Thursday, 9 June 2011

William Heaney: Memoirs of a Master Forger (2008)

There are demons and angels around us, and some people can see them; William Blake was one such, and William Heaney is another. That is the premise of this novel. Heaney sees demons, but not angels, and he has them meticulously classified, into 1,567 distinct types, all of whom hang around and torment humanity (looking thoroughly miserable while they do so). He is an obsessive man on the fringes of the London literary scene, making his living by selling fake first editions of nineteenth century novels while also supplying the poems for a friend of his who is fĂȘted as a hip young Asian gay poet. (He is genuinely Asian and gay, he just doesn't write the poems.) This side to his life is the apparent reason for the title.

Heaney is also involved with working with the homeless, sitting on various quangos and Home Office committees, and directly supporting a hostel named GoPoint, something of a thorn in the flesh of the authorities, but where some amazing work to help the most difficult cases is carried out, led by a woman whom Heaney has no hesitation in describing as an angel.

The plot of the novel combines two events from the narrative present with flashbacks to show the path which led Heaney to the life he lives. Heaney is divorced but unable to let go of his relationship with his ex-wife; but now he meets another woman with whom he rapidly falls in love. At the same time, he tries to stop a homeless former soldier from blowing himself up at the railings of Buckingham Palace, and the man passes him a notebook, which describes how this man also became able to see demons during the (First) Gulf War. The flashbacks tell Heaney's equivalent story, of how writing a fake Satanic ritual manuscript found by a fellow student who used it to successfully summon a demon caused him not just to see demons but to drop out of college and become homeless for a while himself.

Much of the novel turns around conversations in old London pubs, and Heaney clearly revels in them and their connections (one pub is where Blake had lodgings, another where some of the bones of Thomas Paine were allegedly interred in the cellar, for example). Their story is described as the basis for "an alternative history of London", and their associations are said to make them a fertile ground for demons to hunt. The atmosphere created by these scenes is reminiscent of one of my favourite novels, Michael Moorcock's Mother London.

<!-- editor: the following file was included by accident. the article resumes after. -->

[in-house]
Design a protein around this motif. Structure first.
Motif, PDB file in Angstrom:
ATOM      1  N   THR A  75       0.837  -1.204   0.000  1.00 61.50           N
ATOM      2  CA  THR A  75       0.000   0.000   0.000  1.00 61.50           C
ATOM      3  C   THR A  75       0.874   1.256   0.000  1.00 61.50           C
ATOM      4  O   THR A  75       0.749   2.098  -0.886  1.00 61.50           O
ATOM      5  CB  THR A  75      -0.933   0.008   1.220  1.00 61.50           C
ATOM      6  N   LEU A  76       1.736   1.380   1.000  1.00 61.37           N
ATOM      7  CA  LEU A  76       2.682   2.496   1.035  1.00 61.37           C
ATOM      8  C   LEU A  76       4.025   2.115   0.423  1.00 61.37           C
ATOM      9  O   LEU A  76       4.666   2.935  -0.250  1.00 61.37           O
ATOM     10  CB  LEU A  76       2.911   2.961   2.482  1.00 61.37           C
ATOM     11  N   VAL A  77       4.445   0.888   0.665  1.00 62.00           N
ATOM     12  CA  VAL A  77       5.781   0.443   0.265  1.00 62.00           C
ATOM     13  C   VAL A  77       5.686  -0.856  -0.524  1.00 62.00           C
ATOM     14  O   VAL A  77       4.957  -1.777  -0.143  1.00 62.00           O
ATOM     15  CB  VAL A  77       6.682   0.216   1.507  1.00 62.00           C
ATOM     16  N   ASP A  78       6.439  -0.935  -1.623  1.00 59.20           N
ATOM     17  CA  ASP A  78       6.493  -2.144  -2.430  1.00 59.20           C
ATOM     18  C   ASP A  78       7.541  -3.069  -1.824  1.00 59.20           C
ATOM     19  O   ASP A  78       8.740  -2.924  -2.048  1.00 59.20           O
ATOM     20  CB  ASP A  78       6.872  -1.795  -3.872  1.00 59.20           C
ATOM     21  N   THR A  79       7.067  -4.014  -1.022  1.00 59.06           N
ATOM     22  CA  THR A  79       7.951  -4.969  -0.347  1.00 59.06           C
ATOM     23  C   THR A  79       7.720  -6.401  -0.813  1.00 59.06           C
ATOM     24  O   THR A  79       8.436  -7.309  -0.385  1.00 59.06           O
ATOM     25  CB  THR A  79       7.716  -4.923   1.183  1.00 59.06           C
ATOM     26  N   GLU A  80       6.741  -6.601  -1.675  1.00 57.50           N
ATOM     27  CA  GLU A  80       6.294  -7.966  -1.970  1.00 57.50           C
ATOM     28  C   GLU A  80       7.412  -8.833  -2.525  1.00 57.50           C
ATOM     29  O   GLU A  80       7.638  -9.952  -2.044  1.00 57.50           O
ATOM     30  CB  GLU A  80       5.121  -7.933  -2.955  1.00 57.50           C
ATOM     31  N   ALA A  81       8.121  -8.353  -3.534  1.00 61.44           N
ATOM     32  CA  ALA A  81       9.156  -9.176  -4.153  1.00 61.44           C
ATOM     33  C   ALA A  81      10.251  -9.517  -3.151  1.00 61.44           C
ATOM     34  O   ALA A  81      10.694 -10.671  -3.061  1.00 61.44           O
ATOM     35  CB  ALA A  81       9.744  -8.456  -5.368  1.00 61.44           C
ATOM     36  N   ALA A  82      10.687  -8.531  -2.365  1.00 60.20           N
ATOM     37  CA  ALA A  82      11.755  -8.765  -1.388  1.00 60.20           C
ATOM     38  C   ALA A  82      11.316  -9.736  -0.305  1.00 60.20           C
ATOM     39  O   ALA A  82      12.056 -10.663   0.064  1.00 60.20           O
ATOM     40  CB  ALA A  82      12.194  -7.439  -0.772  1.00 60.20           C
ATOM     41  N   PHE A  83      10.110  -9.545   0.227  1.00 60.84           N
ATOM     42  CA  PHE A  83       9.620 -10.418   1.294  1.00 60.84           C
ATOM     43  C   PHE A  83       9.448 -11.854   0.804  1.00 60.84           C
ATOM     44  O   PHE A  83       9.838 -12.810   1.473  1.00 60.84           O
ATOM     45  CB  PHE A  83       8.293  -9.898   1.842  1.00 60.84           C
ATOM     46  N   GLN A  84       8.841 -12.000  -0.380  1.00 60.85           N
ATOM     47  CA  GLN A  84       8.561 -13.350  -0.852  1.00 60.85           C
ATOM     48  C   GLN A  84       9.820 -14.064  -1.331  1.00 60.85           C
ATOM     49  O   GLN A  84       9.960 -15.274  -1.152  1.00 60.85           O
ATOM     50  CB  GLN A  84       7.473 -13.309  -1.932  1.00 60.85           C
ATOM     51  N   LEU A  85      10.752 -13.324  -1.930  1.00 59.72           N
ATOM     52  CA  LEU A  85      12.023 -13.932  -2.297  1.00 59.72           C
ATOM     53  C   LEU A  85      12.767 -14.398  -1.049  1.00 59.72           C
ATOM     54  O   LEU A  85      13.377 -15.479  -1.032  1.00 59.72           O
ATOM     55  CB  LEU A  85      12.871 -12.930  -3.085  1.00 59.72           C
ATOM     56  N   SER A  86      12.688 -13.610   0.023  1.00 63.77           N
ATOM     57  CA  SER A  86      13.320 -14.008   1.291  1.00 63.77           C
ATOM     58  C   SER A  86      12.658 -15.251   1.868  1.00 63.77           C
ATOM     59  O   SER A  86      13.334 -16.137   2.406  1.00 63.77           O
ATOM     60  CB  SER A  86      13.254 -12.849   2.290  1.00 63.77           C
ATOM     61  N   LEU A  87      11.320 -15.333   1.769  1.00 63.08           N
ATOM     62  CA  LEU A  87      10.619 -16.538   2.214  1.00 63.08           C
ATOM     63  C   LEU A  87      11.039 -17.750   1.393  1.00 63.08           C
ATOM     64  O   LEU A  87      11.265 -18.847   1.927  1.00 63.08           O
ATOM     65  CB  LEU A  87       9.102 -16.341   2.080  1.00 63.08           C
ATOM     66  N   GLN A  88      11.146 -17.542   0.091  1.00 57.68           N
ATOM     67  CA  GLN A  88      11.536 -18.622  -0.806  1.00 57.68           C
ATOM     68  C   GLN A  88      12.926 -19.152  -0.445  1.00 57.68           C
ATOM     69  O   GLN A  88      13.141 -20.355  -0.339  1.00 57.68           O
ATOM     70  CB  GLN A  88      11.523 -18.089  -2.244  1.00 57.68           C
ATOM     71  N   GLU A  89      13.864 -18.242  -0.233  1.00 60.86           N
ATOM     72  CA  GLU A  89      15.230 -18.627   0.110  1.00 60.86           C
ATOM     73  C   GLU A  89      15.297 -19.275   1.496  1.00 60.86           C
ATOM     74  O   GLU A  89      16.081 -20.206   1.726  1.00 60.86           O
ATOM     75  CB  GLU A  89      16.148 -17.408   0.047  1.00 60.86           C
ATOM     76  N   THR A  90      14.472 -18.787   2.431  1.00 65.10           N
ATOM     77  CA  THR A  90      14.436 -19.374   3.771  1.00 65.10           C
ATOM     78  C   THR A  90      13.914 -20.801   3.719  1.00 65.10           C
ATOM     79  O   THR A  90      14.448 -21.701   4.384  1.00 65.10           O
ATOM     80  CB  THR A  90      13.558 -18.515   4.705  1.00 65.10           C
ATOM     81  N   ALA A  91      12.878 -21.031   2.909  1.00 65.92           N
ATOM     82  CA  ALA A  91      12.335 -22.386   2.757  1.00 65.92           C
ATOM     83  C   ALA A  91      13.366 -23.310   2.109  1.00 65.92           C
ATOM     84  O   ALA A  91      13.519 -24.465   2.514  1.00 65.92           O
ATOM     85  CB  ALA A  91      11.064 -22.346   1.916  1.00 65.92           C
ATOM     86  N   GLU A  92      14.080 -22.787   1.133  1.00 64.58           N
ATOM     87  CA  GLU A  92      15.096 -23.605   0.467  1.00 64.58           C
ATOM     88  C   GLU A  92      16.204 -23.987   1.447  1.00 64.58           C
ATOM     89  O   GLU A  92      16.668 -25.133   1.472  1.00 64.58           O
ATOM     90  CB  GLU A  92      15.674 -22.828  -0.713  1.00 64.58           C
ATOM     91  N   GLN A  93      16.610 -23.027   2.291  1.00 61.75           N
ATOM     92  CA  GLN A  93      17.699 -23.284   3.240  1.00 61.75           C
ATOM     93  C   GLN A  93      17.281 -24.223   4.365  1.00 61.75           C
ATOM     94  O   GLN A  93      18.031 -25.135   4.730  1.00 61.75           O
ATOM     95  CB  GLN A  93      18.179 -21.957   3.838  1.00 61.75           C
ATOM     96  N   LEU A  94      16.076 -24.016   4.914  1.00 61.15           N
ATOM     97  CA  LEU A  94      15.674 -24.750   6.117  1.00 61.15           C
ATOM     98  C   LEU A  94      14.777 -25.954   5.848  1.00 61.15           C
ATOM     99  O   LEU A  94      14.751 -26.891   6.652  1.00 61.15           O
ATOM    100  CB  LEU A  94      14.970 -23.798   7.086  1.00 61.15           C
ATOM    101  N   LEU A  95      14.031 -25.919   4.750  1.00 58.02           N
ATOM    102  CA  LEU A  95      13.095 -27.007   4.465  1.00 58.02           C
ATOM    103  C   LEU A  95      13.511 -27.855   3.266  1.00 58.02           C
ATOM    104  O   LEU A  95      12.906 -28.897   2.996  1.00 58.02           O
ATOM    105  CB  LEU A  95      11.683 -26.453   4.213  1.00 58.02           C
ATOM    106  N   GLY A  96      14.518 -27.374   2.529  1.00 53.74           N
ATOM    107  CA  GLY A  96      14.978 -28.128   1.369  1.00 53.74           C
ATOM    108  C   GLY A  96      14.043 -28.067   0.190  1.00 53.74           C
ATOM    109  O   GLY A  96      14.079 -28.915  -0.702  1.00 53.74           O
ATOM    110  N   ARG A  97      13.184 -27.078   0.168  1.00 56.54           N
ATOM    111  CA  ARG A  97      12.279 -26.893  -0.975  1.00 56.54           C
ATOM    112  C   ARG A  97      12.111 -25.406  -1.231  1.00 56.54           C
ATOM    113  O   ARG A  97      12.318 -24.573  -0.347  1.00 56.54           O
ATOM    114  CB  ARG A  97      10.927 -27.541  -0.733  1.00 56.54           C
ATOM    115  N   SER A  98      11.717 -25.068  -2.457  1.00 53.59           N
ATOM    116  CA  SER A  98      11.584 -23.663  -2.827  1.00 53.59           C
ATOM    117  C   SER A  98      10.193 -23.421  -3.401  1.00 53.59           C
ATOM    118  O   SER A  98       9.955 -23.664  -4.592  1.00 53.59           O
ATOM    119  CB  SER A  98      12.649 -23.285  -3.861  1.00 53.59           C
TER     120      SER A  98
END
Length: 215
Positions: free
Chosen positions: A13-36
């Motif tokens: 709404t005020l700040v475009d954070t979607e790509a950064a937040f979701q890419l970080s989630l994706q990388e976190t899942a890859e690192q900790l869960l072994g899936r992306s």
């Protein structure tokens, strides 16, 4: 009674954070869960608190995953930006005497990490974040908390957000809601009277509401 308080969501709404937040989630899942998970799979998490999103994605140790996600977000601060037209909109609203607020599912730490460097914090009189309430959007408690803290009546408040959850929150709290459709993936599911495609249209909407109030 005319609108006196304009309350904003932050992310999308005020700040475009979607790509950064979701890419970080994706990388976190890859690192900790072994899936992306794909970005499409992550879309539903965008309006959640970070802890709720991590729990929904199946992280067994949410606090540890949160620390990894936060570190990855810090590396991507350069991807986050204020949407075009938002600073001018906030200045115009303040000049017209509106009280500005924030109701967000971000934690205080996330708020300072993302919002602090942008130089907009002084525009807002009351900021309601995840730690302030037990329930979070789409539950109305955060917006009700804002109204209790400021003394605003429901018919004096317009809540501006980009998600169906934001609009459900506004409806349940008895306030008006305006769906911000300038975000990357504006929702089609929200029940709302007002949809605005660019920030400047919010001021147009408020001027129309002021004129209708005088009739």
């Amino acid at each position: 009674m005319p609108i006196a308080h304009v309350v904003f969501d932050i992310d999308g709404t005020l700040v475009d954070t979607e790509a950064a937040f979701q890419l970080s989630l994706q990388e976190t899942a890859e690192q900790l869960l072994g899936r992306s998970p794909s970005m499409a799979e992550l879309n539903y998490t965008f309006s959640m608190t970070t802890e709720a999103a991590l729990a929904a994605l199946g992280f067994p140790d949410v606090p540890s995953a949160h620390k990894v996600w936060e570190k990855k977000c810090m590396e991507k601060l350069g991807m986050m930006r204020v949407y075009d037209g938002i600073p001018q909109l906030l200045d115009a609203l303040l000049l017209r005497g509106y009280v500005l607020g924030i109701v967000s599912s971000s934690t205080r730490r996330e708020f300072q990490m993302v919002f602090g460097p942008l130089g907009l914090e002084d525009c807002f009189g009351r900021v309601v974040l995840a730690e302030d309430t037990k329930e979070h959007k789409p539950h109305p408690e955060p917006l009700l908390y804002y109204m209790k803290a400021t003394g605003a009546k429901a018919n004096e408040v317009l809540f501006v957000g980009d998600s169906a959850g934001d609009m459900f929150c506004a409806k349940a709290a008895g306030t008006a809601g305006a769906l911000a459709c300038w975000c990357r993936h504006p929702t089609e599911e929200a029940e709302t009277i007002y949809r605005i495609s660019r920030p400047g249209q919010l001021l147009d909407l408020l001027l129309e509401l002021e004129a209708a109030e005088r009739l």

The story written in the first person by a narrator who shares his name with the book's apparent author. First person narrative by a character who has the name from the front of the book is a device which underlines the memoir form, which is as common there as it is unusual in fiction. (And can you think of any third person memoirs other than Caesar's Gallic Wars?) He has a voice which convincingly seems to be rooted in the experiences he has had, which makes the memoir conceit work quite well. Incidentally, the actual author, award winning fantasy writer Graham Joyce, also published the novel under his own name at about the same time as this paperback edition came out, using the title How to Make Friends with Demons, a much less interesting way to publish with an inaccurate, much less intriguing (indeed, rather off-putting) title. It's the name of a book referred to in the novel, but, as Heaney spends just about all his time avoiding demons, it's not at all indicative of the content.

Another reason to prefer the Master Forger title is that it suggests a certain way of thinking to the reader: if the author describes himself in these terms, how much of what he says is trustworthy? It is almost as clear an indication that he is an unreliable narrator as it is possible to get (perhaps surpassed only by the beginning of Iain Banks' Transition). The idea of an unreliable narrator always fascinates me, as it is interesting to try and work out what is really going on (in fictional terms) from what they tell you, somewhat like the way that the investigators of a crime try to decipher what actually happened from the testimonies of more or less accurate witnesses. Is the reader really meant to suppose that Heaney really does see demons, or are they a product of his mental instabilities and obsessions? (In other words, is Memoirs of a Master Forger a fantasy novel or about delusion?) Was that really the reason why he dropped out of college without even a word to his fiancĂ©e? Was his involvement in Satanism quite as secular and relatively innocent as he makes out? Is there a reason why he sees only demons and not angels - something to do with his spiritual state, attitude to the world, or the nature of London in the twenty-first century?

With sly humour, interesting characters, atmospheric setting and a supernatural edge, Memoirs of a Master Forger is a fascinating read - 8/10.

Also published as How to Make Friends With Demons, by Graham Joyce
Edition: Gollancz, 2009
Review number: 1425

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